Don't Be Cruel

"The Psychology of Good & Evil"

Submitted on Monday, 11/19/2012, at 11:46 AM

By Katherine Duke ’05

Last year, a 2-year-old in Foshan, China, wandered into the road, where vehicles repeatedly struck her, and for a full 10 minutes thereafter, not one of the many passersby stopped to help the child; she died of her injuries a week later. In Guyana in 1978, hundreds of members of the “Jonestown Cult” fatally poisoned themselves and their children at the urging of leader Jim Jones. In the 1930s and 1940s, more than 23,000 non-Jews in at least 45 countries risked their lives to aid, hide and protect Jewish people, even as the Nazis were committing systematic mass murder.

Catherine Sanderson

Catherine Sanderson, professor of psychology at Amherst College, also serves as a member of the town school committee, manages to find time to teach, conduct research, write books as well as advise members of the men’s hockey team. She’s also advised several football players over the years on academics, including Quarterback Alex Vetras.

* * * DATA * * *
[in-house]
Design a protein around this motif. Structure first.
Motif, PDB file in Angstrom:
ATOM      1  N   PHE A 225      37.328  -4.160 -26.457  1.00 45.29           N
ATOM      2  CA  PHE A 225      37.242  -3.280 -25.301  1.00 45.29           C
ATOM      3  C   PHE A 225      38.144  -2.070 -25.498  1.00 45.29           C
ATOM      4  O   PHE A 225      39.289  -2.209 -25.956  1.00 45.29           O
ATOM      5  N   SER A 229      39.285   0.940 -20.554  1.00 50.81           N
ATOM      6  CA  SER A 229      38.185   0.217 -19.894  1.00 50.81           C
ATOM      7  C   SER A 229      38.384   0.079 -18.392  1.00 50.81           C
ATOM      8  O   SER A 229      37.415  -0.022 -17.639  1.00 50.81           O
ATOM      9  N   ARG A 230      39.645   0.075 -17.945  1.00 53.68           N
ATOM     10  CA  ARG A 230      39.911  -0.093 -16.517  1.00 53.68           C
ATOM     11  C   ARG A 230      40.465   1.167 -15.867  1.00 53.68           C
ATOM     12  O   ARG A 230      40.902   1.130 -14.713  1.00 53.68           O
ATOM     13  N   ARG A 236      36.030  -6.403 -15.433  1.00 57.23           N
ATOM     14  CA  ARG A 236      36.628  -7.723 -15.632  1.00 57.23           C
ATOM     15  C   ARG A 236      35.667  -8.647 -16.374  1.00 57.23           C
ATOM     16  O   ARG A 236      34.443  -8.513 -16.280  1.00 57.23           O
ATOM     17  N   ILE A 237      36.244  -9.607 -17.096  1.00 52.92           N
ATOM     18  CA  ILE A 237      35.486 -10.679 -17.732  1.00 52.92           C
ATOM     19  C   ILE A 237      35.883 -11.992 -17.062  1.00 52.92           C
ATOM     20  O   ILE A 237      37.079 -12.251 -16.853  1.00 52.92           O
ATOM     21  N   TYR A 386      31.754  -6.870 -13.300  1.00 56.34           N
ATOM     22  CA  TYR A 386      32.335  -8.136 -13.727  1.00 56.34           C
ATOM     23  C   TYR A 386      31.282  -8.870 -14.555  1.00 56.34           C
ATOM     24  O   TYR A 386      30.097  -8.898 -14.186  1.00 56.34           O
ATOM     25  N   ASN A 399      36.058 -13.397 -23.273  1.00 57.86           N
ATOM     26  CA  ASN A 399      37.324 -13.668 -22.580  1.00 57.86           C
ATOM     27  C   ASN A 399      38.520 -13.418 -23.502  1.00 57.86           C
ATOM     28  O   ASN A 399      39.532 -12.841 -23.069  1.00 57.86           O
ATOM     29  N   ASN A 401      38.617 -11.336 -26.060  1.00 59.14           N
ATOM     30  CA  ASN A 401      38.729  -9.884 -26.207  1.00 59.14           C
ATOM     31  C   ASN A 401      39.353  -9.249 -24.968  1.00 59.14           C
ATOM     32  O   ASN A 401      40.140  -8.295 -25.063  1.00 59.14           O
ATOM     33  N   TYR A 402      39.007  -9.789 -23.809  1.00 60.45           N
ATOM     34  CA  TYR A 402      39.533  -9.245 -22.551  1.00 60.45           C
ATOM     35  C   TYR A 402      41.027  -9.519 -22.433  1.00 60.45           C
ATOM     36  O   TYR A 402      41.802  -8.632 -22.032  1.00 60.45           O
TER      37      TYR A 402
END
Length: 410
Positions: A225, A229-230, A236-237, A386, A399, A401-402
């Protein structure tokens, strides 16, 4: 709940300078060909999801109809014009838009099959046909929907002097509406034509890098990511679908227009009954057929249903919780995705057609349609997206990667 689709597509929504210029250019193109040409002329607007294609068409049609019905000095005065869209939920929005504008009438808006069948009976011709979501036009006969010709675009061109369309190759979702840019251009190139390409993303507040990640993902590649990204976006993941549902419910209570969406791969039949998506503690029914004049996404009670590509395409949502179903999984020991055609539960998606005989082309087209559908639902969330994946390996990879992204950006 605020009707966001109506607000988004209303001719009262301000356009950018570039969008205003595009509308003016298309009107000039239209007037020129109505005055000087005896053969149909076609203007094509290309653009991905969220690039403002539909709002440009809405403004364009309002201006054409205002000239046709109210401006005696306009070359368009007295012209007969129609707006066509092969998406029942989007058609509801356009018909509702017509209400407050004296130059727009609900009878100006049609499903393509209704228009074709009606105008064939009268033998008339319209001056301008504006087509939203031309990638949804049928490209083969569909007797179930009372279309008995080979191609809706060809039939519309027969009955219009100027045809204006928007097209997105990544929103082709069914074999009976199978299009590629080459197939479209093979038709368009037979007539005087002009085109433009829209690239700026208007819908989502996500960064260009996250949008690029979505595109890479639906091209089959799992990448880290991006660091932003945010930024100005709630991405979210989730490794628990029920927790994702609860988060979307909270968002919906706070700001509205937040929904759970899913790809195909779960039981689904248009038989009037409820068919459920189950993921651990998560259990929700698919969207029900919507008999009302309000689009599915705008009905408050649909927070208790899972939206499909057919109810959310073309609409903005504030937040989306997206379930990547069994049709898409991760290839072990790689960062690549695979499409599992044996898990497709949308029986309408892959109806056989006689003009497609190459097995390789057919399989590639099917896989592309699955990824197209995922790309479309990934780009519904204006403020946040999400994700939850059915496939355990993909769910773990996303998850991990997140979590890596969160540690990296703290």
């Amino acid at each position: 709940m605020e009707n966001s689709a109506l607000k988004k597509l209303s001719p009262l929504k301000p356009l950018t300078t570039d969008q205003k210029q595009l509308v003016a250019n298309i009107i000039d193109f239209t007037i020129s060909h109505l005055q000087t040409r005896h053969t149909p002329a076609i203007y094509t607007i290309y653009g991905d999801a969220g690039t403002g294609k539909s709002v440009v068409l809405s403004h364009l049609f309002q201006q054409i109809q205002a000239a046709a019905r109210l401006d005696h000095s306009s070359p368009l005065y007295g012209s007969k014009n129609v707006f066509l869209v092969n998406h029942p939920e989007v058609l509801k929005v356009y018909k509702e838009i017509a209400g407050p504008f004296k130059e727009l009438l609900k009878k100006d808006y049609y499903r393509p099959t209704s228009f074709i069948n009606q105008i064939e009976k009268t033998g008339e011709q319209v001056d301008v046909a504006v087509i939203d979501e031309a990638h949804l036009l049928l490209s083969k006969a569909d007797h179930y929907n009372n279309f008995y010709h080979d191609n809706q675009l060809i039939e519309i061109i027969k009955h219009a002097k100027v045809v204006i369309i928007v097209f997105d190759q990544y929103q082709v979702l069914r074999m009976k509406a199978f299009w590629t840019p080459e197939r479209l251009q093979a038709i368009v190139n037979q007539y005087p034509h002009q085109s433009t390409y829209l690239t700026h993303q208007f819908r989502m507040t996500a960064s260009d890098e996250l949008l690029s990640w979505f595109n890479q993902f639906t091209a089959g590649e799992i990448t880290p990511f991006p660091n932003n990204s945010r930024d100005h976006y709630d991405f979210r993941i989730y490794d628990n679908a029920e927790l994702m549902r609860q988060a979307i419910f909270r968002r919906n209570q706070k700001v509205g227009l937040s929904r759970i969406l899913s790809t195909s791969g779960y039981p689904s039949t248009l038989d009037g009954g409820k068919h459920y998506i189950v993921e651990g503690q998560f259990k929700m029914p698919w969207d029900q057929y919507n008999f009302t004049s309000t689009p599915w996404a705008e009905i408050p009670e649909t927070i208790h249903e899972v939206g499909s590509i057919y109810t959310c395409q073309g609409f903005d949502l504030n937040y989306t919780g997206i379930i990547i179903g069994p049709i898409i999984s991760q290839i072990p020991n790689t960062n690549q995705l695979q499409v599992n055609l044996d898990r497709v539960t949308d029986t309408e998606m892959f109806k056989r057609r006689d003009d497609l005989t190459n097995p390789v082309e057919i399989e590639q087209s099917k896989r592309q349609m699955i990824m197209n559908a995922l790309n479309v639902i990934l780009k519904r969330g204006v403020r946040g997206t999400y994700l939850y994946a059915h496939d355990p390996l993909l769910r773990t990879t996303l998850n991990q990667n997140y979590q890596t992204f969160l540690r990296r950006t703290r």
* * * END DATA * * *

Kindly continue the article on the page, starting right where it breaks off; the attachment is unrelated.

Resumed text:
Slate.com: Self-Love, Actually

Psychology professor Catherine Sanderson discussed whether or not opposites really do attract in this article on the popular website.

CNN.com: Does romance end when summer does?

Psychology professor and relationship expert Catherine Sanderson commented on summer romances in this article for the news website. “People out of their regular environment find it easier to pursue romance or love [during vacation], especially late adolescents, because they don’t have classes or exams, as they would in their regular social world,” she explained.

Courier-Post: Catherine Sanderson on Eating Habits

Psychology professor Catherine Sanderson was quoted in three articles about weight loss appearing in the March 1, 8  and 15 editions of southern New Jersey’s Courier-Post newspaper.

Lives of Consequence

"They own it,” says Catherine Sanderson.

The Hindu: Money is important, but how much do you need?

In this piece about the money and happiness, psychology professor Catherine Sanderson offered some expert commentary. “We always think if we just had a little bit more money, we’d be happier,” she told the Indian newspaper, “but when we get there, we’re not.”

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